In between “what is behind” that Paul was forgetting and the prize that Paul was “straining toward” lay another obsession of “fruitful labor.”  But it came with a cost. “I have worked much harder, been in prison more frequently, been flogged more severely, and been exposed to death again and again. Five times I received from the Jews the forty lashes minus one. Three times I was beaten with rods, once I was stoned, three times I was shipwrecked, I spent a night and a day in the open sea, I have been constantly on the move. I have been in danger from rivers, in danger from bandits, in danger from my own countrymen, in danger from Gentiles; in danger in the city, in danger in the country, in danger at sea; and in danger from false brothers. I have labored and toiled and have often gone without sleep; I have known hunger and thirst and have often gone without food; I have been cold and naked. Besides everything else, I face daily the pressure of my concern for all the churches.” (2 Corinthians 11:23-28).  Ahead of all this was chains and martyrdom.

But He stuck to his obsession with “the one thing,” because he considered everything else “a loss compared to the surpassing greatness of knowing Christ Jesus my Lord, for whose sake I have lost all things.” (Philippians 3:8, NIV 1984).  All of these things (imprisonment, floggings, beatings, stonings…) could have been “stopping stones.”  Instead, Paul used each one as a “stepping stone” “of sharing in [Christ’s] sufferings, becoming like him in his death, and so, somehow, to attain to the resurrection from the dead.” (Philippians 3:10-11).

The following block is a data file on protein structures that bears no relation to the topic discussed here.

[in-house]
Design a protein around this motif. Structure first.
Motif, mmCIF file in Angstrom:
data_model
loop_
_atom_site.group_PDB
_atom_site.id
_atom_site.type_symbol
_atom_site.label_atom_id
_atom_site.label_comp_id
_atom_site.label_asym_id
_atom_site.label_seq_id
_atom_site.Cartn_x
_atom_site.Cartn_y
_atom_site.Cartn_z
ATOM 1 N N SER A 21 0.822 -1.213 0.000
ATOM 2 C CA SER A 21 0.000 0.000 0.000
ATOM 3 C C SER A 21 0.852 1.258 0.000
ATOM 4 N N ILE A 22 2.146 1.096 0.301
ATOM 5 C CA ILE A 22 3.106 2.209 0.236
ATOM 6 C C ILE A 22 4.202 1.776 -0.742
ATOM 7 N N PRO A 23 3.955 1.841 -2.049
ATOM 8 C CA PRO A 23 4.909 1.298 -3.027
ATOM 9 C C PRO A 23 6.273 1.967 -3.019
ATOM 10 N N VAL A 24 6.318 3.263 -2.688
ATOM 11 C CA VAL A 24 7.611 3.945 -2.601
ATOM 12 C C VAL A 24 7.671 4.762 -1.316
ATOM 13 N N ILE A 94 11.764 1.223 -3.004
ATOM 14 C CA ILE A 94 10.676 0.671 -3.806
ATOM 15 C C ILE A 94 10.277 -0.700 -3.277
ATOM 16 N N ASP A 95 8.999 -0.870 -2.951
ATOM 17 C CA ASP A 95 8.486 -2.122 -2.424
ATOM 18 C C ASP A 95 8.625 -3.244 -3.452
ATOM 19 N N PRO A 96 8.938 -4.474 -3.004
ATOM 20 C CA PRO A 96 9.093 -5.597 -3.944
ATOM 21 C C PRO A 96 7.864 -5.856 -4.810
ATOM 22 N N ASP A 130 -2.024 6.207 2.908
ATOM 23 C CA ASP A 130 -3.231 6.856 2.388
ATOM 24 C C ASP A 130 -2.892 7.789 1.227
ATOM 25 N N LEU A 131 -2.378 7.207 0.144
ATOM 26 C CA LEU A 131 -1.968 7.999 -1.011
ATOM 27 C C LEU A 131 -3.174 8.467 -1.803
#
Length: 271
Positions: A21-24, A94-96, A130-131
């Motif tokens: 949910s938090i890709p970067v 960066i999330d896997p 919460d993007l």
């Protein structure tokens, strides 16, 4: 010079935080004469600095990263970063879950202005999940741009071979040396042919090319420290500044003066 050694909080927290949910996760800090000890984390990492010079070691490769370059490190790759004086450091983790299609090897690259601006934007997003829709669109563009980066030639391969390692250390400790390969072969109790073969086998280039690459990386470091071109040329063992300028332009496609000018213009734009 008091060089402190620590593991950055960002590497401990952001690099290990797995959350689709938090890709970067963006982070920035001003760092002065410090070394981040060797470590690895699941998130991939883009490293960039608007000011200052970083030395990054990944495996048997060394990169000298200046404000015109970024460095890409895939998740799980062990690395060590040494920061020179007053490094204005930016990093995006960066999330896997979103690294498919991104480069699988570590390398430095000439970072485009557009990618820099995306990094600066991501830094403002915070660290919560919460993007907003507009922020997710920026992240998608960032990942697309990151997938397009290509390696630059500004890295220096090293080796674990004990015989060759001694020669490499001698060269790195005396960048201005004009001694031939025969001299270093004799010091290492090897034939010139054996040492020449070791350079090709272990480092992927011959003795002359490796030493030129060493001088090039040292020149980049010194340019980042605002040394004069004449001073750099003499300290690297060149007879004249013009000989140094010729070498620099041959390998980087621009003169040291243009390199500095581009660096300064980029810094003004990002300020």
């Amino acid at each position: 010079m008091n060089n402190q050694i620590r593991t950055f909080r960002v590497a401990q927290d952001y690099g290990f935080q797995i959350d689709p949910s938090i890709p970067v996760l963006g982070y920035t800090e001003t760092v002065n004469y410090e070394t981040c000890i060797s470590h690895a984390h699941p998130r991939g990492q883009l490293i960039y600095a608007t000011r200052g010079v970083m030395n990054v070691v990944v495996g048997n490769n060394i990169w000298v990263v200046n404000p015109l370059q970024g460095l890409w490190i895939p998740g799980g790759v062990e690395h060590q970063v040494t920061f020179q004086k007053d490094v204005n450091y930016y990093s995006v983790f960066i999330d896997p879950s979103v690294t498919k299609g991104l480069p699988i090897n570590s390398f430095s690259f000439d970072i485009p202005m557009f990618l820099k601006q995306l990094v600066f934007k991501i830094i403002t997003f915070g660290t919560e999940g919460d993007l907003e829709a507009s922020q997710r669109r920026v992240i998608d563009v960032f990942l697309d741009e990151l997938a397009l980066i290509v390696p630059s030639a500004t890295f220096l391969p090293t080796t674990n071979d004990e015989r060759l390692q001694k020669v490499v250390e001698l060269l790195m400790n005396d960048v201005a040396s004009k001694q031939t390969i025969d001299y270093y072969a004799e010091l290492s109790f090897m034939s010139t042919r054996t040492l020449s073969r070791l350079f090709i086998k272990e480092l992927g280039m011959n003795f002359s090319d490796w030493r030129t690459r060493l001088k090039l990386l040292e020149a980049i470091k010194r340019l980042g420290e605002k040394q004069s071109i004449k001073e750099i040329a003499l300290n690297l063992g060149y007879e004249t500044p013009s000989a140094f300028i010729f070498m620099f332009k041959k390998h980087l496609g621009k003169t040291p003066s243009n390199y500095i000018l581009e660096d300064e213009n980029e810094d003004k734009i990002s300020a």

All of these things that happened to Paul “served to advance the Gospel” and encouraged many others “to speak the word of God more courageously and fearlessly” from the first century until now.

My Advice – Your “one thing” can only be found in “one person.”  “That’s what you have to find out.”  Be obsessed until you find Him, and once you find Him, be obsessed with serving to advance the Gospel more courageously and fearlessly.  The cost of these obsessions might seem too high, but Paul also said, “therefore we do not lose heart. Though outwardly we are wasting away, yet inwardly we are being renewed day by day. For our light and momentary troubles [yes, he really said light and momentary] are achieving for us an eternal glory that far outweighs them all. So we fix our eyes not on what is seen, but on what is unseen. For what is seen is temporary, but what is unseen is eternal.”  (2 Corinthians 4:16-18, NIV 1984).

For to me, to live is Christ and to die is gain.” (Philippians 1:21, NIV 1984).

Today’s musing was inspired by Pastor Kevin Rutledge’s sermon “Fueled Relationships” on September 15, 2019. Check it out at https://www.fbcsycamore.com/sermons. If you live in or are visiting the area, come and join us Sundays at 10:30 a.m. We’d love to be partners in the Gospel with you too.